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1. Know your audience

When going to an internship interview, a job talk or a networking event, first Google the people you’ll be meeting with to identify their research and other interests, says Alexander Todorov, PhD, a psychology and public affairs professor at Princeton University. Then, think of a few informed questions to ask them to open a conversation or handle a lull. “Make a cheat sheet to remind you of the work of each person who interviews you,” says Rosanna Guadagno, PhD, a University of Alabama psychology professor. “Keep it in your bag or briefcase and refresh your memory on restroom breaks.” Not only will this make you better equipped to anticipate questions, but the effort will show that you care enough about the opportunity to prepare.

2. Exude confidence

It’s natural to feel intimidated if you’re talking to a famous scientist at a conference or explaining your study to a roomful of seasoned researchers, but don’t let your anxiety show. Take deep breaths and remember that you know more about your research than anyone else, says India Johnson, a social psychology grad student at The Ohio State University. “It’s easy to feel overwhelmed while others are being critical of your research,” she says. “However, keep in mind that you are the expert, and let your passion and confidence take the lead.”

One sign of confidence is simply modulating your voice. If you speak slowly and calmly, you will appear more confident than would otherwise be the case. The same goes for making eye contact instead of constantly looking down at notes.

3. Field questions gracefully

Whether at a job interview or an informal meeting, you’ll be judged by the way you handle questions, especially the tough ones. So don’t get defensive. “Questions are a sign of interest in your work, not an attack of it,” says Guadagno.

If at a presentation, someone asks you a question you don’t know the answer to, it’s OK to admit that. “Try to turn it into an idea for new research or put it off as something to discuss after the presentation,” Guadagno says. Or try a move used with great skill by politicians: Answer a different but related question instead. Chances are, your interrogator won’t view it as a dodge, and the conversation will move forward.

4. Prepare and practice

Being unprepared is a serious shortfall, says James Tyler, PhD, a psychology professor at Purdue University who has conducted research on how impressions are made. “Say for example you are responsible for summarizing a research article at weekly lab meetings. If you seem to have done little advance preparation to carry out this charge, it may suggest a host of negative attributions.” Certainly, you never want to appear poorly organized or worse yet, lazy.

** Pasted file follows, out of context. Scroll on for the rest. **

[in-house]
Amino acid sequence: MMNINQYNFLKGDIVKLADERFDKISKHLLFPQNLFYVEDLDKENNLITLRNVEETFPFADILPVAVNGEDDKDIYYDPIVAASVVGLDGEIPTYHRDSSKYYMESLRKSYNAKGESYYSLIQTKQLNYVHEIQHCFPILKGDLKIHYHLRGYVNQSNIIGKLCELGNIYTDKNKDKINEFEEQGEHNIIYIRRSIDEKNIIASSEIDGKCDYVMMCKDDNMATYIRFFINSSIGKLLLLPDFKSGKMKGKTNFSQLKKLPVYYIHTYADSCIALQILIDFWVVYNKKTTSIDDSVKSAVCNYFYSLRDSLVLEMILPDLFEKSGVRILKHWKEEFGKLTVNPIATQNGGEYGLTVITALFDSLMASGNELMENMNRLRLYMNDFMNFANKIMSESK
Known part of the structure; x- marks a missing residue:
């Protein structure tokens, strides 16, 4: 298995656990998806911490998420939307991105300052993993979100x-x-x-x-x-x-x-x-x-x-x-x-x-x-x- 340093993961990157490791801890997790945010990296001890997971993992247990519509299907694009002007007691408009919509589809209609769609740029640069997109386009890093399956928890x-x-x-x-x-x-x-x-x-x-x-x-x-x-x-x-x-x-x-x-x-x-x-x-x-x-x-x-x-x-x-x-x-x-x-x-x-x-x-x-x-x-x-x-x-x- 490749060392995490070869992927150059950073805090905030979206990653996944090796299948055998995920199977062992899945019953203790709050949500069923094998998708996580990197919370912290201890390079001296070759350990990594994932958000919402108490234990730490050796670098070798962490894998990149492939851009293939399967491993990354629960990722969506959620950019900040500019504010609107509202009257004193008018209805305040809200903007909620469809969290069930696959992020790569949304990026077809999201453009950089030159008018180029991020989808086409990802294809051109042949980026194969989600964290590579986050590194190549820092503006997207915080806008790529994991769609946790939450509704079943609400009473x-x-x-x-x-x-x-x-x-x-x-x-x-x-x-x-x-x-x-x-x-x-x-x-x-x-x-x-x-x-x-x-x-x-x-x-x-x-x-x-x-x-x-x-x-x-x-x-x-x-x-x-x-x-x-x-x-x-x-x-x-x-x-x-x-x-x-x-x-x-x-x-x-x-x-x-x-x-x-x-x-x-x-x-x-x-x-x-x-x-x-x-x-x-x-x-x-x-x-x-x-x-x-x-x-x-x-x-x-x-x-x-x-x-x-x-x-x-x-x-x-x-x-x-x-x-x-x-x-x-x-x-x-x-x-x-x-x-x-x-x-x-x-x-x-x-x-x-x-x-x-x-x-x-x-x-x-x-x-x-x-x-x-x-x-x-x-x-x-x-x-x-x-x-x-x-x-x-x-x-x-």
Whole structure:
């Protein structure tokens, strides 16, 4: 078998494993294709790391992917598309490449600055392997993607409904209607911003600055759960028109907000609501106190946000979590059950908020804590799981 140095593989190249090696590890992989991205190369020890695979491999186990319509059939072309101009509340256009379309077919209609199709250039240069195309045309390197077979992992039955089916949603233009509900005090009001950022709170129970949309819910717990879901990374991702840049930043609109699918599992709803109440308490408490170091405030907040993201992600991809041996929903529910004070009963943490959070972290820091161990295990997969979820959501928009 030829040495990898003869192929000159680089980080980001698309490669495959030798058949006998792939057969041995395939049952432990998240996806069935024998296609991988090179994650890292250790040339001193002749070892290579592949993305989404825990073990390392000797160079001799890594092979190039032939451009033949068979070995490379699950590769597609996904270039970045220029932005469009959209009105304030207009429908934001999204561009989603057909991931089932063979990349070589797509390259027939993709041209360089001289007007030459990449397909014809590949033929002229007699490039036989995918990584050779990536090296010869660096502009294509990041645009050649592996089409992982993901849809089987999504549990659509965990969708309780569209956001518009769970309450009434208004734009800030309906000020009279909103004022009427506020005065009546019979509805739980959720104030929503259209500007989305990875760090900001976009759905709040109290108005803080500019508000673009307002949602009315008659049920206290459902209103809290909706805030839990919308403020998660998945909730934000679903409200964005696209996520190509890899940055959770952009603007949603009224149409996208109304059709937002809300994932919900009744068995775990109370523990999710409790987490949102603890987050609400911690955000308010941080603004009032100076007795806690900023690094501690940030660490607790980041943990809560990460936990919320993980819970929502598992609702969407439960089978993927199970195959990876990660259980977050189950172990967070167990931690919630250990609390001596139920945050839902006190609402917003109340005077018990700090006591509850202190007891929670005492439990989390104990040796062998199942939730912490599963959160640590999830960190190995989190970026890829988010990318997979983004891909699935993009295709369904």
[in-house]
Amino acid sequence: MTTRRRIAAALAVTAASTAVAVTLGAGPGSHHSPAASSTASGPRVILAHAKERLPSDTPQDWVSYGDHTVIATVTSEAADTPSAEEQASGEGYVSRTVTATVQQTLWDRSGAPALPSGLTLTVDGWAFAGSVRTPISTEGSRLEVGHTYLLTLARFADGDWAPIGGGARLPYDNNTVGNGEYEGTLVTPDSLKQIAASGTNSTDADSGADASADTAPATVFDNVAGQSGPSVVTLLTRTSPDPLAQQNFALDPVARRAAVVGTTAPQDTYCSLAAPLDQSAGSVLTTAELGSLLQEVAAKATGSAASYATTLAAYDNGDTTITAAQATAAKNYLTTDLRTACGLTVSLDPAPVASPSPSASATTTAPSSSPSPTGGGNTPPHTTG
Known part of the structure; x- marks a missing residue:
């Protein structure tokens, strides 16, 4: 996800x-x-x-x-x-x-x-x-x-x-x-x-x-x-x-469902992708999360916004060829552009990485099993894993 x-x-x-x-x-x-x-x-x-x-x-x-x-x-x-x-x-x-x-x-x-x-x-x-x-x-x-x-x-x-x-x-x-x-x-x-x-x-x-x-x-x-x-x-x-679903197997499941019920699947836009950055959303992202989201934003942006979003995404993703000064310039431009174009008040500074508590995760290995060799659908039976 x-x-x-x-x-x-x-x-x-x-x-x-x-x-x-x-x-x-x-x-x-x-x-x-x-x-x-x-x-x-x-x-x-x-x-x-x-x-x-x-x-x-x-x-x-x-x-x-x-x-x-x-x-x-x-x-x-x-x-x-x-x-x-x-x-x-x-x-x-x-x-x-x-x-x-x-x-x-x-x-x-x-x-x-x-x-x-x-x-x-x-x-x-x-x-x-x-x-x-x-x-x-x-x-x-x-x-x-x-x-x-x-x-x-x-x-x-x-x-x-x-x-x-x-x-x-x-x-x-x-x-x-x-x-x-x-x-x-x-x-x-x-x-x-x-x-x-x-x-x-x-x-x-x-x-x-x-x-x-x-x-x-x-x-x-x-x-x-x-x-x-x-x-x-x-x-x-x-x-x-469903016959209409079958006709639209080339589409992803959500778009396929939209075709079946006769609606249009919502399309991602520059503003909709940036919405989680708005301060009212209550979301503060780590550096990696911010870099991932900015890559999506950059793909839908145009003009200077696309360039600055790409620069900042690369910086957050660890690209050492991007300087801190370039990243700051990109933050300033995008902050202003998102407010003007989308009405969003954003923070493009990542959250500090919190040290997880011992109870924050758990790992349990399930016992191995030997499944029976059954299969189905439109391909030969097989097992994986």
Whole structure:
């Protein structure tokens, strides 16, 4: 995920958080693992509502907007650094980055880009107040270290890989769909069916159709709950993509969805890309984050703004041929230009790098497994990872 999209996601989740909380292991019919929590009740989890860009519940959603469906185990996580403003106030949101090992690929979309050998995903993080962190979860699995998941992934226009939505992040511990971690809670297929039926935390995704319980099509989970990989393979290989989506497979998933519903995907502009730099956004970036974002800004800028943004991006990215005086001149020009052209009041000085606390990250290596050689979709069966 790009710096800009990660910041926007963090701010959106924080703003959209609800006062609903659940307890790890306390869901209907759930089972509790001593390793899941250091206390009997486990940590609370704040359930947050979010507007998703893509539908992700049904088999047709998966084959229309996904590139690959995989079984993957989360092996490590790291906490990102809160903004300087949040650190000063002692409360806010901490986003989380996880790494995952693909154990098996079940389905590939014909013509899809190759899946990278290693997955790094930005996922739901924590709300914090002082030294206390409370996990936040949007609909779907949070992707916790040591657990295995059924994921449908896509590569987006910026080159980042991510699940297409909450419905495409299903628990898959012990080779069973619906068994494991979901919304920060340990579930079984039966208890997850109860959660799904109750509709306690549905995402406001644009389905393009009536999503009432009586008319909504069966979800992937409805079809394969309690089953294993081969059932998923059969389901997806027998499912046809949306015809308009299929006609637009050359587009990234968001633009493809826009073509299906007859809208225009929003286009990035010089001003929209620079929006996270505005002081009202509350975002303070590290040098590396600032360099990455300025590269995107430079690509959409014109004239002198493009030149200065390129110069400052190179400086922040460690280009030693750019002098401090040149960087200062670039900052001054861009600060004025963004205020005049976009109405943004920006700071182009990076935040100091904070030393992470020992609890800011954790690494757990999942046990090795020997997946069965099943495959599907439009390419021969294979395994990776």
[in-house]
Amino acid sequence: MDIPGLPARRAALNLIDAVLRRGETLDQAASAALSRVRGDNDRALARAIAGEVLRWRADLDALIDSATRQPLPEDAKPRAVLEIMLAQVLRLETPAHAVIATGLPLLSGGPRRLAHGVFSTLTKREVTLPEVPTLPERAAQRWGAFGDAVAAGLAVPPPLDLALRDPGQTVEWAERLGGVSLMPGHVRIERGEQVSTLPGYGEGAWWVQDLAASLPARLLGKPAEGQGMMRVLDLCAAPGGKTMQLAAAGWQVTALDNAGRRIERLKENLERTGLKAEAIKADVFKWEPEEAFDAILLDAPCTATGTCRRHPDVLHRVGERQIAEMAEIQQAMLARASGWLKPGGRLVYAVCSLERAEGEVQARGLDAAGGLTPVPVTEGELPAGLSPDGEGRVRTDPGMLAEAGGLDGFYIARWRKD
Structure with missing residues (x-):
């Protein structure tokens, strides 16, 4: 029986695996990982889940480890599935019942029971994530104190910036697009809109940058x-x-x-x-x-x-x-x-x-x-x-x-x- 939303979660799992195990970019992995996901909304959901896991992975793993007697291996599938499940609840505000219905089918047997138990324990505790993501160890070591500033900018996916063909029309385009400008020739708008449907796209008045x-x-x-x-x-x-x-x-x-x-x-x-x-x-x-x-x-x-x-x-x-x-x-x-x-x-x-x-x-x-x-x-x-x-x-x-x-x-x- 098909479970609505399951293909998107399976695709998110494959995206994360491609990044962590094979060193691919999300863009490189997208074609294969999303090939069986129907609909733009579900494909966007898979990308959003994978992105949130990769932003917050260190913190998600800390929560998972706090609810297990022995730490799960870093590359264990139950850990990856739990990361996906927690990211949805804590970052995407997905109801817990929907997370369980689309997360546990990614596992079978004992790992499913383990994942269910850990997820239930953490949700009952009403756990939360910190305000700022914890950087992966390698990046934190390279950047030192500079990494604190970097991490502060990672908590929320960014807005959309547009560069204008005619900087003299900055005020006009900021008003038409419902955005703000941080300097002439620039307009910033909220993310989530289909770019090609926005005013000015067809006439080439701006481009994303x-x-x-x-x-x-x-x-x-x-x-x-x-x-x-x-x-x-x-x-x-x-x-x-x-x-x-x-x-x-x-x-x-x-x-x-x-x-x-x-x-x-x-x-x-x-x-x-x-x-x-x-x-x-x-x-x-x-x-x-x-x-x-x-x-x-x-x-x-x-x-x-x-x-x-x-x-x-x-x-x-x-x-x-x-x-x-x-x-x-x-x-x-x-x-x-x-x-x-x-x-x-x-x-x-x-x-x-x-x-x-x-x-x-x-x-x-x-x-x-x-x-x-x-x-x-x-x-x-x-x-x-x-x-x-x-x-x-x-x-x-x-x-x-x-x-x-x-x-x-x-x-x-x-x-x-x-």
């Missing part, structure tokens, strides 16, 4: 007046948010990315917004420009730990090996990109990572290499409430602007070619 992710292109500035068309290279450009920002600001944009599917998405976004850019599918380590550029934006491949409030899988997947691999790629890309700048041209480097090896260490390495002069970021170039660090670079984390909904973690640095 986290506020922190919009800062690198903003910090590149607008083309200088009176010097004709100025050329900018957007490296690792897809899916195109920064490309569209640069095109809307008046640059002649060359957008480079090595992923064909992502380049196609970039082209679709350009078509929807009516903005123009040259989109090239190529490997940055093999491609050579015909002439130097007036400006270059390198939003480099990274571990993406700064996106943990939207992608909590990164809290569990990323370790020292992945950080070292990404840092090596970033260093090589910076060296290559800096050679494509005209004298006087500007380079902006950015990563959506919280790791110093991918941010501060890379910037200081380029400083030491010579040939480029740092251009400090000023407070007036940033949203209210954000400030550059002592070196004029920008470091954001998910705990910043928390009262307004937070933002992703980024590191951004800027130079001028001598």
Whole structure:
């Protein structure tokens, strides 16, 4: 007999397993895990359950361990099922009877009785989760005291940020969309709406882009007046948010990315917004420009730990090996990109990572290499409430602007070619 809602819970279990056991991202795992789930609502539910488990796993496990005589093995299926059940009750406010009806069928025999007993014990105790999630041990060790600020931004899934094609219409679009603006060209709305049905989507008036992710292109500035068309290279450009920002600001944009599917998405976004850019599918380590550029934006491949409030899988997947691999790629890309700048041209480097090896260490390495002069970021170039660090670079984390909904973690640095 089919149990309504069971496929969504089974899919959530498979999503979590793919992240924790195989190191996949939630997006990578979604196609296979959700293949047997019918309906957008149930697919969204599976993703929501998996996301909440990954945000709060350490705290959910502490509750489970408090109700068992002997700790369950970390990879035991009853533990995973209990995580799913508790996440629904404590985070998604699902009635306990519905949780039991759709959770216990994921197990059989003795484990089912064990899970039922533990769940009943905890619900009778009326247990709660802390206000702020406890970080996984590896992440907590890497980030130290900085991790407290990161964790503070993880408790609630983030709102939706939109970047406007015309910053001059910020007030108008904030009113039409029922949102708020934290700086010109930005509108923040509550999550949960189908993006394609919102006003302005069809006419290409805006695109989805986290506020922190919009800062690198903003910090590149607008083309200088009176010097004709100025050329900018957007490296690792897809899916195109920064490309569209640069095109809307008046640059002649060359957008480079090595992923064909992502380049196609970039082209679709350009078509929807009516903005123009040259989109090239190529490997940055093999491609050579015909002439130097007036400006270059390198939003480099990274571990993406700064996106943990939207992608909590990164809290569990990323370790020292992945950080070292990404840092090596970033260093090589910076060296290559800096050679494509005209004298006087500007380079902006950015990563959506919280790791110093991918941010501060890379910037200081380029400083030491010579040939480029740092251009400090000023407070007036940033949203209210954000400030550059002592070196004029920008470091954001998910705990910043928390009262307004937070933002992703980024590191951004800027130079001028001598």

For presentations at conferences or other talks in front of a group, practicing your delivery is always a smart move. “You should practice in front of others,” Johnson says. “Going through several rounds of edits and practicing the talk so it is polished is a must.”

5. Be a good listener

People love to talk about themselves, so you may find that you can sail through an interview by simply asking insightful questions about others. “The key to a great interview — and to getting people to like you in general — is to show that you think they are important,” says Christine Whelan, PhD, sociology professor at the University of Pittsburgh who studies impression management. “Show employers interest in their company as well as what you can do for them, and you’ll go a long way toward making yourself their top choice for the job.”

To do that, pay attention when others speak. Make eye contact, nod and don’t interrupt or finish others’ sentences. “Changing the topic constantly or seeming uninterested in research can be very annoying,” says Uleman. And keep in mind that conversation is a two-way street, Uleman advises. In any discussion, be sure to give the other person plenty of opportunities to respond.

6. Dress neatly

In most professional and academic meetings and interviews, aim for conservative, understated clothes. No short skirts or cleavage for women, and no jeans with holes or thrift-store attire for anyone. “Tailor your clothes to the type of job you are hoping to do,” Whelan says. While it never hurts to wear a suit, it’s often unnecessary for an academic job interview. “Neat, professional attire will always win out,